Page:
"Absolutely not," he told "60 Minutes" on Sunday.
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The director of the National Institute of Allergy and Infectious Diseases and a member of the White House coronavirus task force became concerned once he saw images of the president at a White House gathering last month for the nomination of Amy Coney Barrett to the Supreme Court.
"I was worried that he was going to get sick when I saw him in a completely precarious situation of crowded, no separation between people, and almost nobody wearing a mask," he said. "When I saw that on TV, I said, 'Oh my goodness. Nothing good can come out of that, that's going to be a problem.' And then sure enough, it turned out to be a superspreader event."
The event in the Rose Garden was attended by more than 150 people, several of whom later tested positive for COVID-19, including first lady Melania Trump, former New Jersey Gov. Chris Christie, former Trump aide Kellyanne Conway, the president of the University of Notre Dame, and a pair of Republican senators.
Fauci also made his stance clear about the importance of wearing masks.
Early in the pandemic, Fauci didn't advocate for people to wear masks because he was worried it would cause a shortage of surgical masks for frontline healthcare workers. He then changed course to recommend everyone wear masks after testing showed that asymptomatic people could spread the illness and simple cloth coverings could help prevent transmission of the virus.
"So let's see if we could put this to rest once and for all," he said. "It became clear that cloth coverings, things like this here, and not necessarily a surgical mask or an N95, cloth coverings, work. So now there's no longer a shortage of masks. Number two, meta-analysis studies show that, contrary to what we thought, masks really do work in preventing infection."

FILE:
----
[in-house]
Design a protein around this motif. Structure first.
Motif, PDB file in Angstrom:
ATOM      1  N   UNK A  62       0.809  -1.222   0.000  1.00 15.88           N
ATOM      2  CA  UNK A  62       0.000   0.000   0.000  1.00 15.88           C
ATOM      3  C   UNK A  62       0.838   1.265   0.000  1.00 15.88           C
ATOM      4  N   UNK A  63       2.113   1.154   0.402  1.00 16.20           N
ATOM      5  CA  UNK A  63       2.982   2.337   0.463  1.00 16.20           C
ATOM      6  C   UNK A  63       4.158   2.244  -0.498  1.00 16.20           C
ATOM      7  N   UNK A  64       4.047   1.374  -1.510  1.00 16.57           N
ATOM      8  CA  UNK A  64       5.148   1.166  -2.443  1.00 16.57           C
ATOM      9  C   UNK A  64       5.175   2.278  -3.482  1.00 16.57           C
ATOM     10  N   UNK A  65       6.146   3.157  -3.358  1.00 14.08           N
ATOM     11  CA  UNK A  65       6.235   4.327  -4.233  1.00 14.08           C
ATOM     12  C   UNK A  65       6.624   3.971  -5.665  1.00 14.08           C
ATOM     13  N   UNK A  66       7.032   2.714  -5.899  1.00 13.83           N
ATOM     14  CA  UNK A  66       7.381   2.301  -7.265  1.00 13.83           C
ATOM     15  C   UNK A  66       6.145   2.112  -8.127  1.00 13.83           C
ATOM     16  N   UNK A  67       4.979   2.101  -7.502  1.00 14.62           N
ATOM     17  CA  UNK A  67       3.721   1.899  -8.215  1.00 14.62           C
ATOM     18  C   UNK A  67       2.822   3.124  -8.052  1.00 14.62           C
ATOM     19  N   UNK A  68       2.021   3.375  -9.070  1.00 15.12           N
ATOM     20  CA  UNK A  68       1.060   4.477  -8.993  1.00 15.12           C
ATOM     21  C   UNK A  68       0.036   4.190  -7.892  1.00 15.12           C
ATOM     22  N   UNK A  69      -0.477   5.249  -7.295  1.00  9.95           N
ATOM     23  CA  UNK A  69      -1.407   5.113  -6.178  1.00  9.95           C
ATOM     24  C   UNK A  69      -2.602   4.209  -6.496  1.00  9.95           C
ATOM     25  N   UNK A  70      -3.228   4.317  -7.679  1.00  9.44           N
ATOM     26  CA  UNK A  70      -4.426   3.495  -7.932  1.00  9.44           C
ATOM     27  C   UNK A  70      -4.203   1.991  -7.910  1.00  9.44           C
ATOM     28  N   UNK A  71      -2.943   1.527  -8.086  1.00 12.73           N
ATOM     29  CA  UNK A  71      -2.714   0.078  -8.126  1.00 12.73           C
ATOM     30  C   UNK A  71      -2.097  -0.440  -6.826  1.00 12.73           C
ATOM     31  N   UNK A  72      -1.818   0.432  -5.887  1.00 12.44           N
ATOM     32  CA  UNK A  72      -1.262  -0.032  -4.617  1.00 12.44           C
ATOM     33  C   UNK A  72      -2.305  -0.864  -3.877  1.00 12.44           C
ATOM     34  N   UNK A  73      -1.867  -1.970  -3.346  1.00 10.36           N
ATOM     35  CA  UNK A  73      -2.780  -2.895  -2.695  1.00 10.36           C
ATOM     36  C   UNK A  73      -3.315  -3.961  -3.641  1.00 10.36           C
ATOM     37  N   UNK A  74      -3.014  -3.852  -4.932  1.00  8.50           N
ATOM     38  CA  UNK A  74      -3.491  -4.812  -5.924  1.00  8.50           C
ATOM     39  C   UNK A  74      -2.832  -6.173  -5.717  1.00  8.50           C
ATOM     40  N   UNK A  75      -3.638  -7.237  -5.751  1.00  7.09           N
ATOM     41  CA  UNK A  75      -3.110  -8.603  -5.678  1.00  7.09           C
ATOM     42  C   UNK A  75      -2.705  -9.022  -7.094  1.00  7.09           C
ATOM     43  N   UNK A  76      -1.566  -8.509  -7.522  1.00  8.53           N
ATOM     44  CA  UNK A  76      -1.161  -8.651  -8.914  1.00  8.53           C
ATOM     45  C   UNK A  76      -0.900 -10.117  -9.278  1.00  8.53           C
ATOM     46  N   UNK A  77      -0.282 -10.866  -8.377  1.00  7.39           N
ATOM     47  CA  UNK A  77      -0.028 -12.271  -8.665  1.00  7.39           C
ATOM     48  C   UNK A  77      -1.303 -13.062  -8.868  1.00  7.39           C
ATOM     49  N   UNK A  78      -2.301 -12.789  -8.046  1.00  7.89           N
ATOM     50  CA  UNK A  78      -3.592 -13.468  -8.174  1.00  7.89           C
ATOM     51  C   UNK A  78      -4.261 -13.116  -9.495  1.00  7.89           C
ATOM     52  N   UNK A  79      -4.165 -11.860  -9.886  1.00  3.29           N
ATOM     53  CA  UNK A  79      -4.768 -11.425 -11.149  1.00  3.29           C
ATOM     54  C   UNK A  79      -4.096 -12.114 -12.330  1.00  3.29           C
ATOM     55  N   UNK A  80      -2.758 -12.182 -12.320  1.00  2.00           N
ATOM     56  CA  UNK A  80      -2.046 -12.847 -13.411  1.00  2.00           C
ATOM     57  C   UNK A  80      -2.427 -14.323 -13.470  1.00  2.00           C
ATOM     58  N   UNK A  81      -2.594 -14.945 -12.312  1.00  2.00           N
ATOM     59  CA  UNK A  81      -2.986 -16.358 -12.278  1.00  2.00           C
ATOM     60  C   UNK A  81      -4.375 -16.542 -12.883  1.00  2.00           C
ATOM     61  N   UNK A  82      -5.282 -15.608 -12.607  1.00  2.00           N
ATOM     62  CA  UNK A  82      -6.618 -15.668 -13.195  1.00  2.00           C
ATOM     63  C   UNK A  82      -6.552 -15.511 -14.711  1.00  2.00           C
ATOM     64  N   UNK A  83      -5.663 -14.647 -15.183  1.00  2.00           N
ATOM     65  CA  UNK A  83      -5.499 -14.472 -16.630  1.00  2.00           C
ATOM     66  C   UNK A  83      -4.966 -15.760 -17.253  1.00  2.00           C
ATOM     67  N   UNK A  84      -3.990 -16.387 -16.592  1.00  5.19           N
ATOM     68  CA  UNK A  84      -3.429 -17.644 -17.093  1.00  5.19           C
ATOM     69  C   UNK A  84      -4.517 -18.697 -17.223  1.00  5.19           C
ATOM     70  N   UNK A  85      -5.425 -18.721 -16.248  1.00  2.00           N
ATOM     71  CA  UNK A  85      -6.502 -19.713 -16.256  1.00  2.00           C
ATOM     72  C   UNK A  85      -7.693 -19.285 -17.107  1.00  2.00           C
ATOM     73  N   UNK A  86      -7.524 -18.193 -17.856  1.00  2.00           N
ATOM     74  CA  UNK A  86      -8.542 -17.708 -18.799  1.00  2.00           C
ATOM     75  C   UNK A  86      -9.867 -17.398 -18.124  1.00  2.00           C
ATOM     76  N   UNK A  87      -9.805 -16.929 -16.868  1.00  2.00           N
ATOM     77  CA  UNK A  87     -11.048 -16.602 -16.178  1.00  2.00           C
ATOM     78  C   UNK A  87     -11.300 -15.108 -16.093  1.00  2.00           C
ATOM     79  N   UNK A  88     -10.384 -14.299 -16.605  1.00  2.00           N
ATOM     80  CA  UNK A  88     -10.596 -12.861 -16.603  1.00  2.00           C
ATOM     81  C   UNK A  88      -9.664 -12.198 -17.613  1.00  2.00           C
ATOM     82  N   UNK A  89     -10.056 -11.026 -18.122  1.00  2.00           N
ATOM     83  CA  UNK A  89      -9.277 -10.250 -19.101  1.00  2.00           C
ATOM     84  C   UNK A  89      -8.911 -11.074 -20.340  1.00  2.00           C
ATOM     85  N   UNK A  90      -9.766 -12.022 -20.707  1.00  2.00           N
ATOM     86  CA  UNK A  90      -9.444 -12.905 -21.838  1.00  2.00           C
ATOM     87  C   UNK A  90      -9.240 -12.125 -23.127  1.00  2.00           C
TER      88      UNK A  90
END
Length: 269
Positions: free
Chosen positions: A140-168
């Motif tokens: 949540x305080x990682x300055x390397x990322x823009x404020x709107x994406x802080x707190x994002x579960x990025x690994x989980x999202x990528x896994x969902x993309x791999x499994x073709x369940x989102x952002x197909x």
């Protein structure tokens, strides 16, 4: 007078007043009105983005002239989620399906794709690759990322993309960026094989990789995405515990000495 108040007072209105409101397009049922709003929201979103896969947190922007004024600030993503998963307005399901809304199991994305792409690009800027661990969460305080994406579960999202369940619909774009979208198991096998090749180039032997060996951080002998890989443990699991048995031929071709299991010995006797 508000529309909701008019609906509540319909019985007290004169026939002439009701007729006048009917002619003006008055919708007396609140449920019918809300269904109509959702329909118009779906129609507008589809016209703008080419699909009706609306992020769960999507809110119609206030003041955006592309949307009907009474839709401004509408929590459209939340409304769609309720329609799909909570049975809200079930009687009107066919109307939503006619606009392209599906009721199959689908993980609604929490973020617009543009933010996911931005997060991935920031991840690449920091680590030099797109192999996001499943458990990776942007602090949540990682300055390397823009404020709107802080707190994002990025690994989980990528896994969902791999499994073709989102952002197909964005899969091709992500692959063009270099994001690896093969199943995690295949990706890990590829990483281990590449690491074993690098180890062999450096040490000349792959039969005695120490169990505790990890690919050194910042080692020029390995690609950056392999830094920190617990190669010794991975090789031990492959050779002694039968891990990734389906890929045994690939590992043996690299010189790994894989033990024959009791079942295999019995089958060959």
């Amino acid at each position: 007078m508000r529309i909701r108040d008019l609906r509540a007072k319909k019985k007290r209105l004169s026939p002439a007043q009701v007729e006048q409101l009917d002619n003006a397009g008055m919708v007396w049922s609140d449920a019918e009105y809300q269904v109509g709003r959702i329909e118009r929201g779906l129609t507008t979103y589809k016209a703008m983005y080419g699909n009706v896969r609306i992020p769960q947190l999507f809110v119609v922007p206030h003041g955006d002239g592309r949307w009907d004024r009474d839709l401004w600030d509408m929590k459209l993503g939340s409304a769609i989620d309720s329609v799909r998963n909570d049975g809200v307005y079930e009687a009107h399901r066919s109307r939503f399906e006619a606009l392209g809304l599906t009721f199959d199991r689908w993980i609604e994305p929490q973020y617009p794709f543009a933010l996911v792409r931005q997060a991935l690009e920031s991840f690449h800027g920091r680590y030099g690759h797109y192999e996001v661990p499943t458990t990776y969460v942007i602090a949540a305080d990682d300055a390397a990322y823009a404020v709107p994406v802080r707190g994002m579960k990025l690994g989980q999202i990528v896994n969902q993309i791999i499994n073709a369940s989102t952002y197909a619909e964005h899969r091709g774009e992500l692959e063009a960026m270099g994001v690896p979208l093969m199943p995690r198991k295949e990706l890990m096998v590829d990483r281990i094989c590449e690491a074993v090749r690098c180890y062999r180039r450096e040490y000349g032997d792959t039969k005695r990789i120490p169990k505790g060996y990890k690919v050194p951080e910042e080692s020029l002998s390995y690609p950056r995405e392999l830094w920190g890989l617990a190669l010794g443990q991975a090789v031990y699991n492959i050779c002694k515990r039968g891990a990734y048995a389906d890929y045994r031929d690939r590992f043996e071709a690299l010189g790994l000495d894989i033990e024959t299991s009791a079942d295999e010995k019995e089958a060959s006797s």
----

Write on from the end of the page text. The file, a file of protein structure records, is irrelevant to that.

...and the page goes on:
Fauci has been disappointed by Trump's stance on masks as coronavirus cases have gone past 8 million in the country and more than 218,000 people have died.
"He sometimes equates wearing a mask with weakness," Fauci said.
Fauci also has faced backlash for simply promoting public safety during the pandemic to the point where he needs to have federal agents with him when he goes for a walk.
"That's sad," he said. "The very fact that a public health message to save lives triggers such venom and animosity to me that it results in real and credible threats to my life and my safety. But it bothers me less than the hassling of my wife and my children."
Coronavirus cases have gone up in at least 38 states over the past two weeks, while Europe, Russia, India and other nations have experienced spikes of their own more than seven months into the pandemic. While there are several vaccines still in development, the future looks murky to Fauci with winter on the horizon.
"When you have a million deaths and over 30 million infections globally, you cannot say that we're on the road to essentially getting out of this," Fauci said. "So quite frankly, I don't know where we are. It's impossible to say."